--- In [log in to unmask], Kit La Touche <kit@S...> wrote:
> in natlangs, it's based on some feature - frontness, usually, rarely  
> height, occasionally roundedness, somewhat rarely nasality, though  
> that one has some more complex features.
> kit
> On Nov 21, 2005, at 1:18 PM, veritosproject@g... wrote:
> > Watch my gmail reply-to.
> >
> > Is vowel harmony always based on different shapes of vowels (e.g.
> > front/back vowels), or is it sometimes arbitrary?

Don't forget ATR (advanced tongue root) vs. lack of same.

Close vs. Open, Front vs. Back, Round vs. Unround, ATR vs. notATR, 
Nasal vs. notNasal, are essentially all the features there are to 
vowels; the Close vs. Open usually has at least three, frequently at 
least four, and sometimes more than four values; Front vs. Back 
frequently has at least three, and sometimes has more than three 
values; and Round vs. Unround sometimes has more than two values in 
conlangs, although I am not personally aware of any natlang in which it 
has more than two values.  I am not aware of any natlangs or conlangs 
in which ATR vs. nonATR can have more than two values; and I don't 
think anyone has even proposed that Nasal vs. notNasal can be given a 
third value.

Some nat.languages harmonize two features rather than just one. 
E.g. front/back & round/unround, or close/open & round/unround, or even 
front/back & close/open.
 I can't imagine harmonizing three, since that would essentially leave 
little variety left to the vowel.

Also some nat.languages have _dis_similation of the vowels at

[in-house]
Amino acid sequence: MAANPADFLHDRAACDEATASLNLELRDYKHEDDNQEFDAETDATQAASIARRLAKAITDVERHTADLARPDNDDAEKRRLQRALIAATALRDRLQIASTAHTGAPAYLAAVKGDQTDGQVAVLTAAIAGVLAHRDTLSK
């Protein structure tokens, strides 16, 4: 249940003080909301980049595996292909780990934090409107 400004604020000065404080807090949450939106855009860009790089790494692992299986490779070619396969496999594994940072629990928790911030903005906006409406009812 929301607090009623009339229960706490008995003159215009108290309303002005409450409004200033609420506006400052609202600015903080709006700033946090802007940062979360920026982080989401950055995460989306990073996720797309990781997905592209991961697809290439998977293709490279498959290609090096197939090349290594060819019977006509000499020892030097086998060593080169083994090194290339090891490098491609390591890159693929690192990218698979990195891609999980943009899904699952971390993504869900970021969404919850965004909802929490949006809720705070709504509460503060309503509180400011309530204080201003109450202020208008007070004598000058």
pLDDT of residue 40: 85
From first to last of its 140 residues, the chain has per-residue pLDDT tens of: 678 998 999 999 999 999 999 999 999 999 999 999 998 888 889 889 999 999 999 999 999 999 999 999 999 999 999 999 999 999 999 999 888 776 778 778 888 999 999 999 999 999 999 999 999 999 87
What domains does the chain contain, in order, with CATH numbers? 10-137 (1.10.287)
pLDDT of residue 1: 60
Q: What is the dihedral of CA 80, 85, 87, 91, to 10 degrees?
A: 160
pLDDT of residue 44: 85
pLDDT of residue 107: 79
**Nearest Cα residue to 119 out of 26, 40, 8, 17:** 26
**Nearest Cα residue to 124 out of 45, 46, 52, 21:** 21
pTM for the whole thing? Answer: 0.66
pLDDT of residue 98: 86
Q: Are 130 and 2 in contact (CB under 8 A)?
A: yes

particular boundaries within the word.


There is such a thing as "consonant harmony" for some natlangs.  It 
isn't as common a thing as vowel-harmony.  There are obviously a lot 
more features to consonants than there are to vowels.

"place of articulation" harmony would be harmonizing a whole bunch of 
features.  "manner of articulation" harmony would also be harmonizing a 
whole bunch of features, disjoint from the "place" ones.  "Voiced vs. 
mute" harmony would be harmonizing just one feature.

Typically just some kinds of consonants would get harmonized; for 
instance, it might be that 
1. either all fricatives in a word must be voiced or all fricatives in 
the word must be mute;
2. either all stops/plosives in a word must be aspirated, or all 
stops/plosives in the word must be affricates, or all stops/plosives in 
the word must be unaspirated and not affricates.

Or something like that.

"consonant harmony" if it occurs is likely to apply just to syllable 
onsets or just to codas; or, even, just to onsets of stressed syllables 
or just to codas of stressed syllables.

Sorry I don't have any references for any of the above.  "I think I 
read it somewhere" is the best I can do on short notice -- I usually 
Google around for a day or two and eventually find what I'm looking for.

If any of the above is wrong, would someone correct it?  Examples and 
references would be nice.

Tom H.C. MI